The current climate of English football makes life difficult for professional, fan-owned clubs.
The Premier League continues to grow as a global brand, meaning wages become inflated, which trickles down the divisions. Any increase in income that EFL clubs have received, especially below the Championship, is disproportionate with the increase in demands.
Mismanaged fallen giants have crashed into the lower divisions in recent years from one end, with Sunderland offering up 38k gates in League One and Bradford City around 15k in League Two. From the other end, Salford City and Wrexham, backed by celebrity owners, can make offers to dwarf those of their competitors – the latter are not even in the EFL yet, but could sign the 32-goal top scorer from the division above, Paul Mullin, last summer.
All this makes one question whether there is room for fan-owned clubs in the modern professional game, whether the advantage of having board members who have cared passionately about the club from birth comes close to counter-balancing the disadvantage of the lack of external investment.
And yet, having secured promotion to League One by beating Barrow on Tuesday night, Exeter City are telling the football world that the answer to both those questions is an emphatic yes.
Here’s how they do it.
Thirteen of the 34 players who have featured for the Grecians in all competitions this season have come through the academy.
For many clubs, it’s ideal in theory to be able to have 38 per cent of the squad cherry-picked internally, because it means that while youth products of course take up a wage, they will typically not cost as much as a senior player relocating to the area.
And, for those who are on a good salary, it’s because they bring proven value to the side, like Archie Collins and Josh Key for example. However, Exeter’s competitors lack the conviction at times to bring these players through and give them first-team opportunities in high-pressure matches.
On top of this, City have excellent management at different age groups: Chad Gribble and Dan Green do marvellous work as Under-18s and Under-23s coaches respectively. When players show progression in these sides, sometimes they will come into the fray straight away – Collins was a regular at 18 – but more often the club can turn to their network of local non-league clubs.
Ten of them, including Truro City, Tiverton Town and Taunton Town have done 15 loan deals with Exeter this season between them. Some of those exchanges have been made as part of a long-term progression plan, with the aim being to give these players regular games in the hope of them growing to become an Exeter player.
Key and Alex Hartridge, for example, were on loan at Truro and Tiverton respectively in 2018-19 and three years down the line are among City’s best assets.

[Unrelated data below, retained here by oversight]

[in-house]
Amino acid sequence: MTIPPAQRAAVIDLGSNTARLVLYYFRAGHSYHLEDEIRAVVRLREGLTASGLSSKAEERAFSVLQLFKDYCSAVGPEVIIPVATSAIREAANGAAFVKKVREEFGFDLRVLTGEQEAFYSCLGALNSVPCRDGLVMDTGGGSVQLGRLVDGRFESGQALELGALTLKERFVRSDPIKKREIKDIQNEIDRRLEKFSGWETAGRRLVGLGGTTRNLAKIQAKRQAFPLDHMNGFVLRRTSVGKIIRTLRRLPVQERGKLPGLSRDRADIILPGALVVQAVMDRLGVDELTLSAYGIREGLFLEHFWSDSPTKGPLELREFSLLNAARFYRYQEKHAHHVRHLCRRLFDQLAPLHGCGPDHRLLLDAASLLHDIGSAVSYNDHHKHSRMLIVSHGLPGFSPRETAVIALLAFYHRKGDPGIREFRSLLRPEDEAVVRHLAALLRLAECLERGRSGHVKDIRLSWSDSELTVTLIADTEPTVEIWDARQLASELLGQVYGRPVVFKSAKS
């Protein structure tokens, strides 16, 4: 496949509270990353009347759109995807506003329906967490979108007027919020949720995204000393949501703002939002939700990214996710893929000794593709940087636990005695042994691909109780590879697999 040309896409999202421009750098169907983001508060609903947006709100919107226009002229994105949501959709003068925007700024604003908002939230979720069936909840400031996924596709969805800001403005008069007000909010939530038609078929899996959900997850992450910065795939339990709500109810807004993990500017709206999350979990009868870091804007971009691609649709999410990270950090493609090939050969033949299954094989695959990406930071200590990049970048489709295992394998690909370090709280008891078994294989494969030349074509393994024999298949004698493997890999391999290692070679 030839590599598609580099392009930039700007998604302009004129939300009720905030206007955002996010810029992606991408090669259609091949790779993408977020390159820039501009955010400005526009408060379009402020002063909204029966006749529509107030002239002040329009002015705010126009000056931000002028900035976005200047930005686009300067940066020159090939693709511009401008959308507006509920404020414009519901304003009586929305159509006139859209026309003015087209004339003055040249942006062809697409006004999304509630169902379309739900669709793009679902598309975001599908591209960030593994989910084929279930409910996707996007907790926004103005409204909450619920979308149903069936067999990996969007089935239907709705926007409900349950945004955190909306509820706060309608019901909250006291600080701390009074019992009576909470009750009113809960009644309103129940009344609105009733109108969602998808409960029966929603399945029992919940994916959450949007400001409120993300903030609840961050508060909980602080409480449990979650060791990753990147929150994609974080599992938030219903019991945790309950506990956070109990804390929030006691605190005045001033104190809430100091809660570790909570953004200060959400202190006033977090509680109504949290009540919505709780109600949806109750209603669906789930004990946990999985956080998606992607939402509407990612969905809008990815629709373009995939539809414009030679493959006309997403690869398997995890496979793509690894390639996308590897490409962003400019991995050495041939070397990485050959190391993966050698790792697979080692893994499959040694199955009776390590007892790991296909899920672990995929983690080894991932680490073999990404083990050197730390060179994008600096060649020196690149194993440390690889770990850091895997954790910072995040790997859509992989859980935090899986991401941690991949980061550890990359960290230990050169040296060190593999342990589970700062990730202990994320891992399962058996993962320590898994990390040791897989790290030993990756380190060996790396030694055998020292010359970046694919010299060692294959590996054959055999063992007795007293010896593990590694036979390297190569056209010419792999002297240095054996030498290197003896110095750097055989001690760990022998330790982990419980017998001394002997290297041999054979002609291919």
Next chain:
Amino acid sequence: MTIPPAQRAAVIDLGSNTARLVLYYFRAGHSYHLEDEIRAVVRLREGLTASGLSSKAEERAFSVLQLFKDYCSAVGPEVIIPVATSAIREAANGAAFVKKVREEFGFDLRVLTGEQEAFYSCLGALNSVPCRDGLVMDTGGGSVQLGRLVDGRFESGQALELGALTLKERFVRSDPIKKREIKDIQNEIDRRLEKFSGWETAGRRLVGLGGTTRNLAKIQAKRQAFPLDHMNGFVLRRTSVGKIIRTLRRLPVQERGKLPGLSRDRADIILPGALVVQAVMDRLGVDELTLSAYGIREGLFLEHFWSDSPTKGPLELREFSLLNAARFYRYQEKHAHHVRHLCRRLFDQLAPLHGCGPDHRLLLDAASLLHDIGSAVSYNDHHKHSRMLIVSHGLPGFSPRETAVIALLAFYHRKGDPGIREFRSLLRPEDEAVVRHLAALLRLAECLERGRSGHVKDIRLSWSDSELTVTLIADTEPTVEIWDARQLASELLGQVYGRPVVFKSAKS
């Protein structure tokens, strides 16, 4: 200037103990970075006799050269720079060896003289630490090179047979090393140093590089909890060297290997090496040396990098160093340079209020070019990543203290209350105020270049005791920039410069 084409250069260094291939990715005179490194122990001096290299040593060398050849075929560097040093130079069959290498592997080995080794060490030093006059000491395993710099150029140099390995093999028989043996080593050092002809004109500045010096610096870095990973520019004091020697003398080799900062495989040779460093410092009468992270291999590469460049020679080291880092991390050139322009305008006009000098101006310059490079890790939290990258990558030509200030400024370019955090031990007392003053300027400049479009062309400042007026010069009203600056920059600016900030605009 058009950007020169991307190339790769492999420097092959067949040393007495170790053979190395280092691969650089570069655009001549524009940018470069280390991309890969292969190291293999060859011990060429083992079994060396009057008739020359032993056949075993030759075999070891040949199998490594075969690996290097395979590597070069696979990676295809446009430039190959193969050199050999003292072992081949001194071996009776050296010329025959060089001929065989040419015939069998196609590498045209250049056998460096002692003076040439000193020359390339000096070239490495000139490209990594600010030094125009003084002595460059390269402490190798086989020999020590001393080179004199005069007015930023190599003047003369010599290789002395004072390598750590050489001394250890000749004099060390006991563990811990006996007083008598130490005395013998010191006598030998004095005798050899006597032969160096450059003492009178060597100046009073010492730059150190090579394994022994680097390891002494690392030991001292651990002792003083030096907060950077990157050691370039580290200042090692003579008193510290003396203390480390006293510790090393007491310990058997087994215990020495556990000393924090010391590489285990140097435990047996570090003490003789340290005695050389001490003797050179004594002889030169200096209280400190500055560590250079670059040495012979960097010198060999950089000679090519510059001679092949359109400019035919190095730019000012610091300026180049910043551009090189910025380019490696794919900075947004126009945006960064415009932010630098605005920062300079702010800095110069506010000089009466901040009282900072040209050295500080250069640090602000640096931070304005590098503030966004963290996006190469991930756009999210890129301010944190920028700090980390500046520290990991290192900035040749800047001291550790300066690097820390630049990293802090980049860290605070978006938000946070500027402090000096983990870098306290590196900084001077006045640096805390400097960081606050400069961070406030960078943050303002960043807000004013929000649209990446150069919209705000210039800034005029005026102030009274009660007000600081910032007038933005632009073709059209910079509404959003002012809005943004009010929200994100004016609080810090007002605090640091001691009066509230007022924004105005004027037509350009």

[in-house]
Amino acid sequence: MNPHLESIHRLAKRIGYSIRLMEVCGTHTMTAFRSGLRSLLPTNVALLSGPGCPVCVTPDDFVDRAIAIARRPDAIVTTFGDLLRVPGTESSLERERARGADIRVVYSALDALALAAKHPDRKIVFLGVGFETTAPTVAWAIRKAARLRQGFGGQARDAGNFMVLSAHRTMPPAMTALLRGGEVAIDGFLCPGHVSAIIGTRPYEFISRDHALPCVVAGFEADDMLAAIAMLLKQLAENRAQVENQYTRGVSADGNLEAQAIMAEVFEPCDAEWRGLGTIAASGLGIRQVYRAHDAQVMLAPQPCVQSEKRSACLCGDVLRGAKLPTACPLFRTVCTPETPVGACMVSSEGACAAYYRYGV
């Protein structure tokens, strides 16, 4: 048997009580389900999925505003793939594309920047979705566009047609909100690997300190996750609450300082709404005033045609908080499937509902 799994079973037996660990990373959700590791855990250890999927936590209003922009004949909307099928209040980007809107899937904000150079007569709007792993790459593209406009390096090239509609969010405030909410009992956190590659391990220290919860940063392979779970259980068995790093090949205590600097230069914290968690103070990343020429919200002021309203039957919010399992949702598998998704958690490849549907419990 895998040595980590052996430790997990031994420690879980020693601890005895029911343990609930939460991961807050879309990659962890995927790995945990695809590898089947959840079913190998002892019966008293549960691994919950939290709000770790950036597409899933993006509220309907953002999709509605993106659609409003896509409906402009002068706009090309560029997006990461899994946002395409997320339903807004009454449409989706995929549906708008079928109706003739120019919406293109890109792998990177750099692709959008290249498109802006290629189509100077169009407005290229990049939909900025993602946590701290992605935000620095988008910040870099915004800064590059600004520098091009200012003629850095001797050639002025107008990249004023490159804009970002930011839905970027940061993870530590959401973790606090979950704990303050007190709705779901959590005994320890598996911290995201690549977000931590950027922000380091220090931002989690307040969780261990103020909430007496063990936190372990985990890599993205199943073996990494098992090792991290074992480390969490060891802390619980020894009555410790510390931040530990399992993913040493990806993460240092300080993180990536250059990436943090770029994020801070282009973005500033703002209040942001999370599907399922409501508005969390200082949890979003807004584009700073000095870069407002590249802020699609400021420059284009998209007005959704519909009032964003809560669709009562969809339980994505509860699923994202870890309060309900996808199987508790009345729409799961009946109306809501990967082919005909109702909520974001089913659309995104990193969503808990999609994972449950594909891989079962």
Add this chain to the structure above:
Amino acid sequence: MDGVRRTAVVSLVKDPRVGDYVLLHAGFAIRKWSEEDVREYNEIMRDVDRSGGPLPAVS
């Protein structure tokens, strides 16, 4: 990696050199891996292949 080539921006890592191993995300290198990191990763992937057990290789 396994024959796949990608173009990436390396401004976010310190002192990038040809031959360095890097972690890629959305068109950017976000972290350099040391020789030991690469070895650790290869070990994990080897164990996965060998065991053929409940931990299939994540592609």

Conversely, Joel Randall spent parts of 2019-20 on loan to Weston-super-Mare and Weymouth before being recalled to first-team training in January that season: 18 months on, he’d gone to Championship club Peterborough United for a seven-figure fee.
It was another meteoric rise for Cheick Diabate, who went to Southern League Premier Division South (eighth-tier) side Truro in the first half of this season, then spent the second half of the campaign with Exeter, and has been a key part of their outstanding defensive record in League Two.
In fact, the Grecians have recorded a whopping nine clean sheets in the 16 league games he has played in, having kept the same number in 28 outside those encounters.
Paul Wotton at Truro, Rob Dray at Taunton, Jerry Gill at Bath City and Scott Bartlett at Weston are all managers whom Exeter boss Matt Taylor can go to and trust to nurture his squad’s most precocious talents.
Exeter are very loyal to managers.
City have changed boss just once since 2006, and that was when Paul Tisdale chose to depart for Milton Keynes Dons in 2018.
Tisdale was a controversial figure towards the end of his time with the Devon club, and some grew frustrated with a lack of outward emotion, recognition for supporters or ability to summarise games in a way that tallied with the fan perspective. However, the values ‘Tis’ has imprinted on the club are stability, sustainability and big-picture thinking.
Exeter still hold those ideals, even though they now have a manager who is more outwardly passionate, more open, more honest and better at concisely reviewing a match without natives wondering if they watched the same game.
Taylor has done a good job at St James Park and thoroughly deserves the faith he has been shown, having had his team in contention in each of his four seasons in charge – and getting over the line this term.